Trim-Away directly and rapidly destroys a fluorescent protein in an egg cell. From left: cell before introduction of antibodies directed against the protein and 10, 30, and 60 minutes thereafter. Dean Clift / MRC Laboratory of Molecular Biology

In our body, proteins carry out almost all essential processes, and protein malfunction causes many diseases. To study the function of a protein, researchers remove it from the cell and subsequently analyze the consequences. The two methods typically used are genome editing by CRISPR/Cas, and RNA interference, acting on the level of DNA or RNA, respectively. However, their influence on protein amounts is indirect and takes time. Scientists now present a new method, called Trim-Away, allowing to directly and quickly deplete any protein from any cell type. As Trim-Away can distinguish between different variants of a protein, it also opens up new venues for the therapy of diseases.

CRISPR-UMI relies on the addition of a high complexity barcoding system – or Unique Molecular Identifier (UMI) – that marks each single mutant clone and allows its tracking within a population. (c) Philipp Zaufel,

CRISPR-UMI, a novel method developed at IMBA, facilitates extremely robust and sensitive screens by tracking single mutants within a population of cells. “The whole is greater than the sum of its parts” is an adage that applies to many concepts in biology. For genetic screens, however, it is the individual parts, i.e. the individual cells, that are the focus of the next generation of CRISPR-Cas9 screens. Single mutants within a population reveal new findings that could revolutionise target discovery and offer fresh insights into the biological systems of cell differentiation and cancer.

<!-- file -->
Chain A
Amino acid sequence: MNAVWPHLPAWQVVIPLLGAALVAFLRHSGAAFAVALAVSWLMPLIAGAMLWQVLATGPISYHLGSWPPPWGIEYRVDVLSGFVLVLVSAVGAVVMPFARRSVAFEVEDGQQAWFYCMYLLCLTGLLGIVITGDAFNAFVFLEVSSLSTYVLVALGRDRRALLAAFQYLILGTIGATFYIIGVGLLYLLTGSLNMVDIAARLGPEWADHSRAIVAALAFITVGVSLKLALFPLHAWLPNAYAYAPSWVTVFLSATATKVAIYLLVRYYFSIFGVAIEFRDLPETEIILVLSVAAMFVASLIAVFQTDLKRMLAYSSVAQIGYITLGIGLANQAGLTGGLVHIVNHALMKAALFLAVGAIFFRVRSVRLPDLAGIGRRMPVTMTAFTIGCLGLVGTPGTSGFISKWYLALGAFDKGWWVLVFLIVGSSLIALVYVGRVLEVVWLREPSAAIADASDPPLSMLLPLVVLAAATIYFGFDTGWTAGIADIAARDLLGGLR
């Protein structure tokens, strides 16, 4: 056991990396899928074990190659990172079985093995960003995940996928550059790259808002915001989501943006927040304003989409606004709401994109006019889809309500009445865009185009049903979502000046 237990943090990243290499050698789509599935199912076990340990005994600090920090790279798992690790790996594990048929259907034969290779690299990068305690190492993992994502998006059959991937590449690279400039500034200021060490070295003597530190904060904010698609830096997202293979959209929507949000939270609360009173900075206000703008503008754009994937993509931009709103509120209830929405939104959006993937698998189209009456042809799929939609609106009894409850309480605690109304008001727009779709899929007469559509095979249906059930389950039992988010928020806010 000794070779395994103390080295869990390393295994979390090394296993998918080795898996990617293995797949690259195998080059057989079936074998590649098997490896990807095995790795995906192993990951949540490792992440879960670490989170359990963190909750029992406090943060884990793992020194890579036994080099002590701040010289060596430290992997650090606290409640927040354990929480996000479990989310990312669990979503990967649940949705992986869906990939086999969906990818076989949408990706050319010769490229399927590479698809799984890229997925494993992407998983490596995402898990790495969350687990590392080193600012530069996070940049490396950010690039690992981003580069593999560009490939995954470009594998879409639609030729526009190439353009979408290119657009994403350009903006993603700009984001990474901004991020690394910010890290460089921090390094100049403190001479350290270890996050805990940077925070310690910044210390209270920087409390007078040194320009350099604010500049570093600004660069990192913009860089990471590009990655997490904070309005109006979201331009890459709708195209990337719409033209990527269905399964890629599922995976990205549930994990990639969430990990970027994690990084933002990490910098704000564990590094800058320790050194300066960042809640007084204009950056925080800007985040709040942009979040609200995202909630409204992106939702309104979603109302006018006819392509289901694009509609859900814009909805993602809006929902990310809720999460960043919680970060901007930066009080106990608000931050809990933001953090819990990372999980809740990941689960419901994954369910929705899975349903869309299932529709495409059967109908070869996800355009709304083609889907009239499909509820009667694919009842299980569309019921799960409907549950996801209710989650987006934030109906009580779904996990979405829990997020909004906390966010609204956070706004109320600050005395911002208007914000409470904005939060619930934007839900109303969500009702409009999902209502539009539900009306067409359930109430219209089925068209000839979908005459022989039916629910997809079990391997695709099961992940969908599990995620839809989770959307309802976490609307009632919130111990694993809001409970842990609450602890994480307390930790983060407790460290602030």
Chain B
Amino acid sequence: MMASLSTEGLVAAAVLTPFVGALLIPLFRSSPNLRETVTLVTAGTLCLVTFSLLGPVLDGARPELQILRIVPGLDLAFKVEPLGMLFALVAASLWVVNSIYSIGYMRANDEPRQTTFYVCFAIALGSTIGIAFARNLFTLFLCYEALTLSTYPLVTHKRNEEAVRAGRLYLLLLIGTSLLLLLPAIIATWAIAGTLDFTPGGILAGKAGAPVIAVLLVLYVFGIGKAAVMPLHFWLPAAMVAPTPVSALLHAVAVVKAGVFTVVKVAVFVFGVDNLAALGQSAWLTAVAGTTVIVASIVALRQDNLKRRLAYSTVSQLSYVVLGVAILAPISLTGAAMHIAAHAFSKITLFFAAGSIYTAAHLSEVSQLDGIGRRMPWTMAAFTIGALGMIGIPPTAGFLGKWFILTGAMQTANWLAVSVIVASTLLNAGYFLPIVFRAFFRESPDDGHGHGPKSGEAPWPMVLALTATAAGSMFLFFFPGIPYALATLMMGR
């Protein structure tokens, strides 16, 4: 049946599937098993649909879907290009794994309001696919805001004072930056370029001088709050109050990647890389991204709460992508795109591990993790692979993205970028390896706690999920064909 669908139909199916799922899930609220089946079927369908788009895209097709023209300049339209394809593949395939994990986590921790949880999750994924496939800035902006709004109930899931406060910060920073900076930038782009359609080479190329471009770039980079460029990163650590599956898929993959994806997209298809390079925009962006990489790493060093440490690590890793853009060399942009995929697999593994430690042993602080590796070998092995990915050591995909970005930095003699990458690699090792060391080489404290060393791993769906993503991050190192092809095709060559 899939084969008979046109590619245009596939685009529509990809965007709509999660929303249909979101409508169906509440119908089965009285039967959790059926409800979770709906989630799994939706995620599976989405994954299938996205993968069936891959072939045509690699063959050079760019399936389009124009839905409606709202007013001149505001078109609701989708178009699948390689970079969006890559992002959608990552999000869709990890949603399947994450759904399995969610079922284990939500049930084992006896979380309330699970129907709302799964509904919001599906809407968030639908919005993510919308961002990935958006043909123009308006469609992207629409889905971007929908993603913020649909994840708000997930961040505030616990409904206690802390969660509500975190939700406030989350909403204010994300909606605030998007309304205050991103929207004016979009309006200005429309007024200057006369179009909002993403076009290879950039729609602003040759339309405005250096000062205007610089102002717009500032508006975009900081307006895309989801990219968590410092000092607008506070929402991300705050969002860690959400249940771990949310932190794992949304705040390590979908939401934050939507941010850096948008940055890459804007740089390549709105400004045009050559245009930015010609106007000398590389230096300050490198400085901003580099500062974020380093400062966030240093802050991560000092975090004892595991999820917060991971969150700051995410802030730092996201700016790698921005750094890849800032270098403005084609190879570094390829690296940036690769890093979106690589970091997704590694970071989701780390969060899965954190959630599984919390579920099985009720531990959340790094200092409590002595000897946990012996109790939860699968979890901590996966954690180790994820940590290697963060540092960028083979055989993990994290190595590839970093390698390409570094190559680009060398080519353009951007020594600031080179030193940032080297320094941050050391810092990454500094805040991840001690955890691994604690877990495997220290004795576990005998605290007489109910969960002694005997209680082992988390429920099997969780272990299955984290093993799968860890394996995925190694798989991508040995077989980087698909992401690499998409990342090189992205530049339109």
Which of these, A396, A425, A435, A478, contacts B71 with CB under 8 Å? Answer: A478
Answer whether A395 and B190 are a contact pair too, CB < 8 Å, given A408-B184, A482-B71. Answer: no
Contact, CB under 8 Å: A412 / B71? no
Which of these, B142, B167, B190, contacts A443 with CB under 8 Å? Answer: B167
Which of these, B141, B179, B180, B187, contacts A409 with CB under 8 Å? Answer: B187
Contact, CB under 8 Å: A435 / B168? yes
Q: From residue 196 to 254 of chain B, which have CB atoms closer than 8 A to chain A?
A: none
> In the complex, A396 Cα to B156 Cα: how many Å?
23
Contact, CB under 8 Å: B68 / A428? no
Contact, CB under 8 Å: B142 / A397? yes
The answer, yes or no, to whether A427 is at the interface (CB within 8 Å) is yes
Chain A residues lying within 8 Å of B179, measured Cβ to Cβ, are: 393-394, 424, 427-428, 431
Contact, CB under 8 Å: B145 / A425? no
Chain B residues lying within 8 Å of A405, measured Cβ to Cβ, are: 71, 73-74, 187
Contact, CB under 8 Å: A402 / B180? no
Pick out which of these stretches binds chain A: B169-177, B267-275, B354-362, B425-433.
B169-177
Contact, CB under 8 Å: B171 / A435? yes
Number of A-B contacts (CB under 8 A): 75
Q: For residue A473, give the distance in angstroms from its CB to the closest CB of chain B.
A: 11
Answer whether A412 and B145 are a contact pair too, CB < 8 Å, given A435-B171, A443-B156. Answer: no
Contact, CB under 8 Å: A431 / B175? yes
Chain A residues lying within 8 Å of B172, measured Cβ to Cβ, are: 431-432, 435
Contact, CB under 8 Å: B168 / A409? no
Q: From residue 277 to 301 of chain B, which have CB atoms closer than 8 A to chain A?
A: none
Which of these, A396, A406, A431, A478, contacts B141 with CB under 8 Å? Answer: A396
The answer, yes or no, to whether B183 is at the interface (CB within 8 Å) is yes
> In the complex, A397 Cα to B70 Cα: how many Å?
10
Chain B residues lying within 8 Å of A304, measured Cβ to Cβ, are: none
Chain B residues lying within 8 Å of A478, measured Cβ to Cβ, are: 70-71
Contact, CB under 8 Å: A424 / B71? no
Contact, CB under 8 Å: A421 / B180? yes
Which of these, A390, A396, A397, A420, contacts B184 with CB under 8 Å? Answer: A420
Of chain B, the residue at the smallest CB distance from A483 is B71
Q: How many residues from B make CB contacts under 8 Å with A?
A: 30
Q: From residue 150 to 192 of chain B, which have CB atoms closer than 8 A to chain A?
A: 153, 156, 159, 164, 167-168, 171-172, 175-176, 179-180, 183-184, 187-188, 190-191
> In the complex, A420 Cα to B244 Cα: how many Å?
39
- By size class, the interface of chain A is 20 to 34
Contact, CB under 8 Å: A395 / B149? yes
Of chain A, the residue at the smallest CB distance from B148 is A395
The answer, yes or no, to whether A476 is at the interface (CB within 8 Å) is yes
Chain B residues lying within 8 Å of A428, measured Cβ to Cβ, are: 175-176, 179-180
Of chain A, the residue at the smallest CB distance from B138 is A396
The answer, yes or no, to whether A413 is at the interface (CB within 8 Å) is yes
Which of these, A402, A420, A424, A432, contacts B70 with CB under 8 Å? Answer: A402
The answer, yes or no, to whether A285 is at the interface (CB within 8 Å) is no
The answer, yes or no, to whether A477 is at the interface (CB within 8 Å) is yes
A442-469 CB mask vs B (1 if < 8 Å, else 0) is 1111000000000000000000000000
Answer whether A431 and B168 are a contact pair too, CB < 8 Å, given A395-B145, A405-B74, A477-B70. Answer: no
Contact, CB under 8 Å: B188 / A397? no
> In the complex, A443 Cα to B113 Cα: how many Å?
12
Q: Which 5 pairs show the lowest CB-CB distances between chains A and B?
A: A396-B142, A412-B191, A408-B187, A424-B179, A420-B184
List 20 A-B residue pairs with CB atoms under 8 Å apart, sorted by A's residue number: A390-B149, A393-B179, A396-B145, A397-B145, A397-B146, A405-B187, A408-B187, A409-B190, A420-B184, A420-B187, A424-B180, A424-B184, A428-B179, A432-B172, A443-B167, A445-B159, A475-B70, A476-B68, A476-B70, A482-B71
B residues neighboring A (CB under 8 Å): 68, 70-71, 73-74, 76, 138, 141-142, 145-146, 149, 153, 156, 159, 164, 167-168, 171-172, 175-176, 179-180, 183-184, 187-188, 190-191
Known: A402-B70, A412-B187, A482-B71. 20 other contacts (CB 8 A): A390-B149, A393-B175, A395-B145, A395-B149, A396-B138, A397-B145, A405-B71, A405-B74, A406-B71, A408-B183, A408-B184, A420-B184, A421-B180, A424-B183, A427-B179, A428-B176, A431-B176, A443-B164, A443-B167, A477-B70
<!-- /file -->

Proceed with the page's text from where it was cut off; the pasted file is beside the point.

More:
An aim of the project eTRANSAFE is to analyze whether and to what extent preclinical data enable reliable prediction of clinical findings. Felix Schmitt, Fraunhofer ITEM

(Hannover/Germany) The 40 million euro European project eTRANSAFE, to be kicked off at the end of September 2017, is aimed at speeding up the development of better and safer medicines for patients. Coordinated by the Fundació Institut Mar d'Investigacions Mèdiques (IMIM) and led by the pharmaceutical company Novartis, the project consortium is a public-private partnership of eight academic institutions, six SMEs, and twelve pharmaceutical companies. One of the project partners is Fraunhofer ITEM.

This image depicts a rendering of a cryo-electron tomogram of a Chlamydomonas pyrenoid, with tubule membranes (green and yellow) awash in a “sea” of Rubisco enzymes (blue). © ScienceDirect

Plants and algae use the enzyme Rubisco to fix carbon dioxide, removing it from the atmosphere and converting it into biomass. Algae have figured out a way to increase the efficiency of carbon fixation. They gather most of their Rubisco into a ball-shaped microcompartment called the pyrenoid, which they flood with a high local concentration of carbon dioxide. A team of scientists at Princeton University, the Carnegie Institution for Science, Stanford University and the Max Plank Institute of Biochemistry have unravelled the mysteries of how the pyrenoid is assembled. These insights can help to engineer crops that remove more carbon dioxide from the atmosphere while producing more food.

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